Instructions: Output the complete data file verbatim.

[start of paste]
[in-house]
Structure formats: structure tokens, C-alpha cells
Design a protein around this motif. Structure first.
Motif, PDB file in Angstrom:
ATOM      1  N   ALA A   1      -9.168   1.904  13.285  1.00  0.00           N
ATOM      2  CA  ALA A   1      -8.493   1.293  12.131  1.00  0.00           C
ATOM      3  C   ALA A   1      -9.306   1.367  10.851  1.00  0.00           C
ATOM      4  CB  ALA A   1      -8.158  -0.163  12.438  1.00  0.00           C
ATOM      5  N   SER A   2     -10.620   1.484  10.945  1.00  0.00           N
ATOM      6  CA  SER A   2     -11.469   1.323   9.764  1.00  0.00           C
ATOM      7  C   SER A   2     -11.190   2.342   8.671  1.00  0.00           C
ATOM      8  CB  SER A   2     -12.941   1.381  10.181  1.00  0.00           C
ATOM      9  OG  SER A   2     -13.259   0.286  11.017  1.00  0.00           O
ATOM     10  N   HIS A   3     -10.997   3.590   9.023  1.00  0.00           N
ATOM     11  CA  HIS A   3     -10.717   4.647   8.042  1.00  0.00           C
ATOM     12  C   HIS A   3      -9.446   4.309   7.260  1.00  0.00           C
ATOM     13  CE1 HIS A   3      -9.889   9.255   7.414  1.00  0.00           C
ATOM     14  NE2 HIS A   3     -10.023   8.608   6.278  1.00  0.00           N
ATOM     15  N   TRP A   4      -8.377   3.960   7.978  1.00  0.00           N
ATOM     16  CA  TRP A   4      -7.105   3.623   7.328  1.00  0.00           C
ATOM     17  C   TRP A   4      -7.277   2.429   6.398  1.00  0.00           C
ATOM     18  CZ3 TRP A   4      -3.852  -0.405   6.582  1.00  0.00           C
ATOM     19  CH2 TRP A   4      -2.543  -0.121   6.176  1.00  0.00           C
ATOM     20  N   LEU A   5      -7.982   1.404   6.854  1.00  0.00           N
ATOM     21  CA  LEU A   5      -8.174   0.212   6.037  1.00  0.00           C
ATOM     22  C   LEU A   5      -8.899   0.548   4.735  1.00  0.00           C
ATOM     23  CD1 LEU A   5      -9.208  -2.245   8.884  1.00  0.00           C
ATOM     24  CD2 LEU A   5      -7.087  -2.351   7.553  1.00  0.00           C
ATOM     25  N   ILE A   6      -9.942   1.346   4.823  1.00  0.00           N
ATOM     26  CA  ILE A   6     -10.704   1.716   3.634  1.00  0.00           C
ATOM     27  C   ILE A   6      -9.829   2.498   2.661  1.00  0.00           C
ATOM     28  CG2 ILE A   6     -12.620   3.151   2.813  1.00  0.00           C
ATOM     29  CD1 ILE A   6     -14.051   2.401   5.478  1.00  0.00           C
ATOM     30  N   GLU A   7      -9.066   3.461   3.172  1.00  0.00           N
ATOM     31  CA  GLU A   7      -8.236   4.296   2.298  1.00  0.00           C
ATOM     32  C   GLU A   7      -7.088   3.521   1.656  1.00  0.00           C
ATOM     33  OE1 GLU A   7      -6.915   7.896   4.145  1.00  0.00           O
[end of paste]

[in-house]
Structure formats: structure tokens, C-alpha cells
Design a protein around this motif. Structure first.
Motif, PDB file in Angstrom:
ATOM      1  N   ALA A   1      -9.168   1.904  13.285  1.00  0.00           N
ATOM      2  CA  ALA A   1      -8.493   1.293  12.131  1.00  0.00           C
ATOM      3  C   ALA A   1      -9.306   1.367  10.851  1.00  0.00           C
ATOM      4  CB  ALA A   1      -8.158  -0.163  12.438  1.00  0.00           C
ATOM      5  N   SER A   2     -10.620   1.484  10.945  1.00  0.00           N
ATOM      6  CA  SER A   2     -11.469   1.323   9.764  1.00  0.00           C
ATOM      7  C   SER A   2     -11.190   2.342   8.671  1.00  0.00           C
ATOM      8  CB  SER A   2     -12.941   1.381  10.181  1.00  0.00           C
ATOM      9  OG  SER A   2     -13.259   0.286  11.017  1.00  0.00           O
ATOM     10  N   HIS A   3     -10.997   3.590   9.023  1.00  0.00           N
ATOM     11  CA  HIS A   3     -10.717   4.647   8.042  1.00  0.00           C
ATOM     12  C   HIS A   3      -9.446   4.309   7.260  1.00  0.00           C
ATOM     13  CE1 HIS A   3      -9.889   9.255   7.414  1.00  0.00           C
ATOM     14  NE2 HIS A   3     -10.023   8.608   6.278  1.00  0.00           N
ATOM     15  N   TRP A   4      -8.377   3.960   7.978  1.00  0.00           N
ATOM     16  CA  TRP A   4      -7.105   3.623   7.328  1.00  0.00           C
ATOM     17  C   TRP A   4      -7.277   2.429   6.398  1.00  0.00           C
ATOM     18  CZ3 TRP A   4      -3.852  -0.405   6.582  1.00  0.00           C
ATOM     19  CH2 TRP A   4      -2.543  -0.121   6.176  1.00  0.00           C
ATOM     20  N   LEU A   5      -7.982   1.404   6.854  1.00  0.00           N
ATOM     21  CA  LEU A   5      -8.174   0.212   6.037  1.00  0.00           C
ATOM     22  C   LEU A   5      -8.899   0.548   4.735  1.00  0.00           C
ATOM     23  CD1 LEU A   5      -9.208  -2.245   8.884  1.00  0.00           C
ATOM     24  CD2 LEU A   5      -7.087  -2.351   7.553  1.00  0.00           C
ATOM     25  N   ILE A   6      -9.942   1.346   4.823  1.00  0.00           N
ATOM     26  CA  ILE A   6     -10.704   1.716   3.634  1.00  0.00           C
ATOM     27  C   ILE A   6      -9.829   2.498   2.661  1.00  0.00           C
ATOM     28  CG2 ILE A   6     -12.620   3.151   2.813  1.00  0.00           C
ATOM     29  CD1 ILE A   6     -14.051   2.401   5.478  1.00  0.00           C
ATOM     30  N   GLU A   7      -9.066   3.461   3.172  1.00  0.00           N
ATOM     31  CA  GLU A   7      -8.236   4.296   2.298  1.00  0.00           C
ATOM     32  C   GLU A   7      -7.088   3.521   1.656  1.00  0.00           C
ATOM     33  OE1 GLU A   7      -6.915   7.896   4.145  1.00  0.00           O